From the wrath of nature to the wrath of young children: From Maryland to Kentucky to Maine, Halloween festivities were being canceled or postponed. And a debate emerged: Should we be celebrating, anyway, in the face of the devastation? Or is celebrating just the right thing to do for antsy kids who’ve been cooped up at home (and out of school) for days?
Perhaps the most high-profile postponement was that of New York’s huge parade in Greenwich Village, with its outlandish floats and millions of revelers, mainly adults. Mayor Michael Bloomberg said the city’s police were simply too taxed with Sandy’s aftermath. (Trick-or-treating, the mayor said, could go ahead as long as caution and good judgment were used.)
Who would end political gridlock? Romney has best
shot, poll suggests
WASHINGTON (AP) -- Just about everybody agrees Washington is a gridlocked mess. But who’s the man to fix it? After two years of brawling and brinkmanship between President Barack Obama and congressional Republicans, more voters trust Mitt Romney to break the stalemate, an Associated Press-GfK poll shows.
Romney’s message -- a vote for Obama is a vote for more gridlock -- seems to be getting through. Almost half of likely voters, 47 percent, think the Republican challenger would be better at ending the logjam, compared with 37 percent for Obama.
With the race charging into its final week, Romney is pushing that idea. He increasingly portrays himself as a get-things-done, work-with-everybody pragmatist, in hopes of convincing independent voters that he can overcome Washington’s bitter partisanship. The AP-GfK poll shows the race in a virtual dead heat, with Romney at 47 percent to Obama’s 45 percent, a difference within the margin of sampling error.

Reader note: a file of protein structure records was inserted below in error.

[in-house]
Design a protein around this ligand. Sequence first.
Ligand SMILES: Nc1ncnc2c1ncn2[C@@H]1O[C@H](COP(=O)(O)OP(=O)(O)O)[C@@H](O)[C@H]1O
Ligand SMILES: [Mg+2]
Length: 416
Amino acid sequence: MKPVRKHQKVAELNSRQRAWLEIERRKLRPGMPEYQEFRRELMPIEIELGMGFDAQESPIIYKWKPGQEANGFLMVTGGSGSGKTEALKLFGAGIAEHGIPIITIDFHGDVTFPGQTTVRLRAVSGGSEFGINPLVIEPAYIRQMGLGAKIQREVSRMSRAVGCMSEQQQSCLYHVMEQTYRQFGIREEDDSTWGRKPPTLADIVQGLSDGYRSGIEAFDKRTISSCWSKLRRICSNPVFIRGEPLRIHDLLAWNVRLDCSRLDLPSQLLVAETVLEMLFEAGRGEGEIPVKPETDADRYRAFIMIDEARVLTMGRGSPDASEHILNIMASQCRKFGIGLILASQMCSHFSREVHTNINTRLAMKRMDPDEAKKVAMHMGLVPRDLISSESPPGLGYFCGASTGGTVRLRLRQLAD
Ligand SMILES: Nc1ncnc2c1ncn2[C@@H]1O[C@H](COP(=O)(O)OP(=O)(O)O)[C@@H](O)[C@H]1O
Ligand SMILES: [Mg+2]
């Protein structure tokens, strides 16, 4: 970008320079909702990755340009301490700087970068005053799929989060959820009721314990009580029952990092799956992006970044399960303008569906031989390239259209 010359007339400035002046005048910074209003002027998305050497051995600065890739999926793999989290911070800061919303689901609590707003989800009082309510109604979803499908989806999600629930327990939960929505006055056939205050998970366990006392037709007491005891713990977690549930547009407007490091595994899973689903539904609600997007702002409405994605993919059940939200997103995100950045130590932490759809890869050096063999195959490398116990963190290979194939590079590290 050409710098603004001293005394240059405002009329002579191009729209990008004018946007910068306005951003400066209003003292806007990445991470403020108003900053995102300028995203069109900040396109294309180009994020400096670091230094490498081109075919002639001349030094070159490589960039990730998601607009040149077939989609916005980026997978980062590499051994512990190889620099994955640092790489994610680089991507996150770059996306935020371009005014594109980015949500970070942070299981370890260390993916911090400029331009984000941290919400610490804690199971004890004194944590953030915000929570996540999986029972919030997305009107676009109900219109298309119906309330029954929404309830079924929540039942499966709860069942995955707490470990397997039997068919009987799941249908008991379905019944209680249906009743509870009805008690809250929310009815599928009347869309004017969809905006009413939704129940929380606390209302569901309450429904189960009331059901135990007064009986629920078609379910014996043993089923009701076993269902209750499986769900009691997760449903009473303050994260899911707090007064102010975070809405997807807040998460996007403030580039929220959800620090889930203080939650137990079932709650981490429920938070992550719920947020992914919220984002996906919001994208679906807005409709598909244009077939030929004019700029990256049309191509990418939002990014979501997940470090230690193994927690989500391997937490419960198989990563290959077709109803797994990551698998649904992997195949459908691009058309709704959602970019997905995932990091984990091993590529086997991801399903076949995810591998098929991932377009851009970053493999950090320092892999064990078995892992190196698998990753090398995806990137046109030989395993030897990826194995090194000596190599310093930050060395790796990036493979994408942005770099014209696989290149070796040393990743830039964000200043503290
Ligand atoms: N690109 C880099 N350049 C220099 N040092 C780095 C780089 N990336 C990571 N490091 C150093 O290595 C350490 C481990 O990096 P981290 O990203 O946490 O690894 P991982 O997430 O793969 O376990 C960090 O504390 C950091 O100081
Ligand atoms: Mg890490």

At a rally Wednesday in Coral Gables, Fla., Romney recounted how he worked with the Democratic-led Legislature as governor of Massachusetts and insisted he would find common ground with Democrats in Washington, too: "We can’t change course in America if we keep attacking each other. We’ve got to come together and get America on track again."
Obama made his own show of bipartisanship Wednesday, touring superstorm Sandy devastation alongside Republican Gov. Chris Christie in New Jersey. A major Romney supporter, Christie has been praising Obama’s "outstanding" response to the natural disaster.
Court considers whether drug-sniffing dogs pass the smell test in criminal probes
WASHINGTON (AP) -- Can you trust what a dog’s nose knows? Police do, but the Supreme Court considered Wednesday curbing the use of drug-sniffing dogs in investigations following complaints of illegal searches and insufficient proof of the dog’s reliability.
Justices seemed concerned about allowing police to bring their narcotic-detecting dogs to sniff around the outside of homes without a warrant and seemed willing to allow defense attorneys to question at trial how well drug dogs have been trained and how well they have been doing their job in the field.
"Dogs make mistakes. Dogs err," lawyer Glen P. Gifford told the justices. "Dogs get excited and will alert to things like tennis balls in trunks or animals, that sort of thing."
But Justice Department lawyer Joseph R. Palmore warned justices not to let the questioning of dog skills go too far, because they also are used to detect bombs, protect federal officials and in search and rescue operations. "I think it’s critical ... that the courts not constitutionalize dog training methodologies or hold mini-trials with expert witnesses on what makes for a successful dog training program," he said.